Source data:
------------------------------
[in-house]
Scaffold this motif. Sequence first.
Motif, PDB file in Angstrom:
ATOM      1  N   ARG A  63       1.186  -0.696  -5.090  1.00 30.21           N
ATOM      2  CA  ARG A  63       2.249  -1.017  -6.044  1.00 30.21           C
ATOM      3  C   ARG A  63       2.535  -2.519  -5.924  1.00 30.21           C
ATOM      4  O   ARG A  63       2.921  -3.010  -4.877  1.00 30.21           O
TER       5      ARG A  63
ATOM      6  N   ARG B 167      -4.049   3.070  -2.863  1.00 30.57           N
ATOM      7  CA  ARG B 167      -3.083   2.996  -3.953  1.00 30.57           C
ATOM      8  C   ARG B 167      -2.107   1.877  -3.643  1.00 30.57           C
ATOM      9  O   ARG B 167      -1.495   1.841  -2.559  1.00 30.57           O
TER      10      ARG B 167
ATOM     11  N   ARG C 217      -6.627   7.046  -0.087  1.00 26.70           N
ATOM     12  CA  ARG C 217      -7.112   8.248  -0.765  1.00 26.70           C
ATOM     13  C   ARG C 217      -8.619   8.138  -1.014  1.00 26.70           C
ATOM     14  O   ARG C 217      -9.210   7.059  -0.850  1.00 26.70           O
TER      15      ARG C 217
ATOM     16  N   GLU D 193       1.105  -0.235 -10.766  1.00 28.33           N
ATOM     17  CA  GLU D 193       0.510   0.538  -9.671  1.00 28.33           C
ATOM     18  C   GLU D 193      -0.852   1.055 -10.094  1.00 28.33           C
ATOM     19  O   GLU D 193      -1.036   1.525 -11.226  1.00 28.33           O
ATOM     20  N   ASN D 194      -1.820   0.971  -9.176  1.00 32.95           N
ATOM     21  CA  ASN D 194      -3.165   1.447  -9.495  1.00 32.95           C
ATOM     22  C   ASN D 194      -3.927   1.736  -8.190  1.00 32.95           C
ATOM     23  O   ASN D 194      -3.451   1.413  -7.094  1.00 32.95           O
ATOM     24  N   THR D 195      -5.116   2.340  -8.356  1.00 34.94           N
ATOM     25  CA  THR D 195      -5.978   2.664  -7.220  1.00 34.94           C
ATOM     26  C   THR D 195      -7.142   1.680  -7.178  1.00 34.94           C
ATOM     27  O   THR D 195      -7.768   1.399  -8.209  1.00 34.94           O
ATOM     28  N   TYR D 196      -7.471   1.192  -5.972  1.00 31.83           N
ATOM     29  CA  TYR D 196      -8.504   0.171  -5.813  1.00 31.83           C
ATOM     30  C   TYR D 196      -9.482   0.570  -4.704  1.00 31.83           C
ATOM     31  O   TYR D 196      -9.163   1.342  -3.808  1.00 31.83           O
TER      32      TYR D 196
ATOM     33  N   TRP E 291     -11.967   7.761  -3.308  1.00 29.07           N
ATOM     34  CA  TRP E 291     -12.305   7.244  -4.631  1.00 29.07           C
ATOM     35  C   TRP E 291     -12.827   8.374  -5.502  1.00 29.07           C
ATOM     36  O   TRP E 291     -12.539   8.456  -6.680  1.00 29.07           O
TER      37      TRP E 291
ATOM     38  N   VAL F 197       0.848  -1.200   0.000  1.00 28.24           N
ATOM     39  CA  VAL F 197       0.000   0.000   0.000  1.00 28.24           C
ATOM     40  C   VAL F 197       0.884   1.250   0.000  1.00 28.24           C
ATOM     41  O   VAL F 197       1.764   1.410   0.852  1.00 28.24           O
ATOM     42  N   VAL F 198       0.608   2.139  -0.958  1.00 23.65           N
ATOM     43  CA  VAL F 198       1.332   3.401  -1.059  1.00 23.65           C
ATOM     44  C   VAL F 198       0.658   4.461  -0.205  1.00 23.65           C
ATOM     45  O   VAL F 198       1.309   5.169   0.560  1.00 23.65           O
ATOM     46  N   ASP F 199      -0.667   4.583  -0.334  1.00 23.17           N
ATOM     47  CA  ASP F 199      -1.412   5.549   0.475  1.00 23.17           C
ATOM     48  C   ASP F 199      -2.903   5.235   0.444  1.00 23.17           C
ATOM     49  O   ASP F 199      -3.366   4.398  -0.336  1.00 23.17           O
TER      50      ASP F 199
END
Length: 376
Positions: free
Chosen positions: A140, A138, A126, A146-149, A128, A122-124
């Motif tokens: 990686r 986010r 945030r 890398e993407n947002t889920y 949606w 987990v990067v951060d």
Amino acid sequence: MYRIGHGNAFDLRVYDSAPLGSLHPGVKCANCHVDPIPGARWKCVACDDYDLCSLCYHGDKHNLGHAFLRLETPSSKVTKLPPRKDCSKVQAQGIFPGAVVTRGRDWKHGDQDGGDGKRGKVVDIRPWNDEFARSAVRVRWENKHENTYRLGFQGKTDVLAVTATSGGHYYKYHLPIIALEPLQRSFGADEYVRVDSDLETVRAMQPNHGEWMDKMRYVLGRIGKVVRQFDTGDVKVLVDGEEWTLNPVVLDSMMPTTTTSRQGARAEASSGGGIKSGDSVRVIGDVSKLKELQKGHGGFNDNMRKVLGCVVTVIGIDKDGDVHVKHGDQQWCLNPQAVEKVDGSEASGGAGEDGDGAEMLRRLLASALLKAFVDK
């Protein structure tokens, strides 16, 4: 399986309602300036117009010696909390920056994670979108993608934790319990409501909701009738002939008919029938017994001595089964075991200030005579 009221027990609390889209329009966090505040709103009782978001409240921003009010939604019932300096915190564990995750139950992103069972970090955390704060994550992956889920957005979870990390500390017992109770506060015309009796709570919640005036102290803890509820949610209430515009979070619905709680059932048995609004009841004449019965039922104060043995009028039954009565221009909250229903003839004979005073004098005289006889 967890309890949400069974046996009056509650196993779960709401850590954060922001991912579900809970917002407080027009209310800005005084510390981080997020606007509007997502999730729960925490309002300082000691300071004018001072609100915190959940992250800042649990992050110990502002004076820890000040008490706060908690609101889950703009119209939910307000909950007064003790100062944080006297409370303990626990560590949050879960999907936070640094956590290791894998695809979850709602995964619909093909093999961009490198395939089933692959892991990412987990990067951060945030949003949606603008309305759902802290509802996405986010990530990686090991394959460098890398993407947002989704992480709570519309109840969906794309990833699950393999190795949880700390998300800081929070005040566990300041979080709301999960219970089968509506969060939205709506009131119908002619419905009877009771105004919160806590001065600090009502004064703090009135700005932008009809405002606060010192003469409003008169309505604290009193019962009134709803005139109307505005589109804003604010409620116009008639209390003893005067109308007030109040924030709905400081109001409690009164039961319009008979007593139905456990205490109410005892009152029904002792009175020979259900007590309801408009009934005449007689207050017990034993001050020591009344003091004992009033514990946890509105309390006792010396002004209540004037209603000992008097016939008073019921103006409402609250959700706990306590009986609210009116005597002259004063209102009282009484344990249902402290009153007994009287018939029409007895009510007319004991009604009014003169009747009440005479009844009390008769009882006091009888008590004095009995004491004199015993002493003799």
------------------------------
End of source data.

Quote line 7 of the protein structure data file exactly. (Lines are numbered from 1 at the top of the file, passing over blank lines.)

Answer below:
ATOM      4  O   ARG A  63       2.921  -3.010  -4.877  1.00 30.21           O